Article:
Undeterred by the underwhelming history of video game movie adaptations, Illumination Entertainment—the studio behind the Despicable Me series—is nearing a deal with Nintendo to make a feature-length animated Mario movie, The Wall Street Journal reports. The studio has reportedly been negotiating with Nintendo for nearly a year, with Nintendo demanding heavy involvement in the creative process and a producer role for Super Mario Bros. visionary Shigeru Miyamoto.
If the deal is finalized and production moves forward, it’ll be Nintendo’s first major feature-length film in more than two decades. Their last Hollywood foray was the 1993 cinematic dumpster fire Super Mario Bros.—the company has been notoriously protective of its franchises since, with reports of a live-action Legend of Zelda series on Netflix never coming to pass, and talks of a whole slate of Nintendo animated movies not yet materializing into more. Mario is IP that’s ripe for adaptation, though, and an animated movie marketed to younger audiences feels like a shoo-in for global commercial success—just look at the Lego Movie franchise, which has pulled in nearly $500 million over three films, with more on the way.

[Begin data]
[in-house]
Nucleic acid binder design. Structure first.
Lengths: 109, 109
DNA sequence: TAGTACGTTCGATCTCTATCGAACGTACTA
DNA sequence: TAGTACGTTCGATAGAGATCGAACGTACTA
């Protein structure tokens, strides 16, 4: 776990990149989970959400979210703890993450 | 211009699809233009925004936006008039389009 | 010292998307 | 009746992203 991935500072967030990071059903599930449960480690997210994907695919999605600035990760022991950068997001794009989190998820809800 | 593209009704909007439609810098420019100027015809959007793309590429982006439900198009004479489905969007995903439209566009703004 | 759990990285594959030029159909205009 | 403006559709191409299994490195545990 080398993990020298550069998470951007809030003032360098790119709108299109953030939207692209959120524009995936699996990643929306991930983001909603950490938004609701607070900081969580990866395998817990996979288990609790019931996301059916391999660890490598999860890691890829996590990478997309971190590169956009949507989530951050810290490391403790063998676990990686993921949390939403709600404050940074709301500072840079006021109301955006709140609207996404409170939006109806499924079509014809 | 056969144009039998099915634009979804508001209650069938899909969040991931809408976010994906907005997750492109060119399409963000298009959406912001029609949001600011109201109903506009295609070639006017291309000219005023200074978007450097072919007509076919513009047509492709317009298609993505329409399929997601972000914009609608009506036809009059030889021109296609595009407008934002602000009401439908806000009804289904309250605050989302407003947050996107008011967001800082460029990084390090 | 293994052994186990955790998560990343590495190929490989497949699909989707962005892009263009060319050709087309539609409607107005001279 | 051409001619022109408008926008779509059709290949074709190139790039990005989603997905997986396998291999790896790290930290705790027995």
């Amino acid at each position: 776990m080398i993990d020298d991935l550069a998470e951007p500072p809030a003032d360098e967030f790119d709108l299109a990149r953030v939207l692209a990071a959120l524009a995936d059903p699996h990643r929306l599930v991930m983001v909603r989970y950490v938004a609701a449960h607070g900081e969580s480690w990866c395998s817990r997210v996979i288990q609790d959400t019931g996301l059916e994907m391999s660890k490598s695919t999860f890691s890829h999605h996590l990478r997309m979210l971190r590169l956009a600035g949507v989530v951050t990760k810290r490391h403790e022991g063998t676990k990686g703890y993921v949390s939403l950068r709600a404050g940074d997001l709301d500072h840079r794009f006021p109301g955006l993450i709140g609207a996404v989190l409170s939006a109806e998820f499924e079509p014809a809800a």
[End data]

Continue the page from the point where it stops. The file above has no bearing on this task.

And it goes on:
The Journal reports that Nintendo and Illumination are planning to make only one film, but it’s easy to imagine that the deal could plant seeds for a full-fledged animated franchise. (Again, this is the studio that has made three Despicable Me films and a Minions spinoff, with a sequel on deck for 2020—these people know how to milk things.) Whether or not that means Mario will be the first good video game movie is up in the air. All I can say is it would probably be in Illumination’s best interest not to turn Mario’s world into a gritty, dystopian hellscape.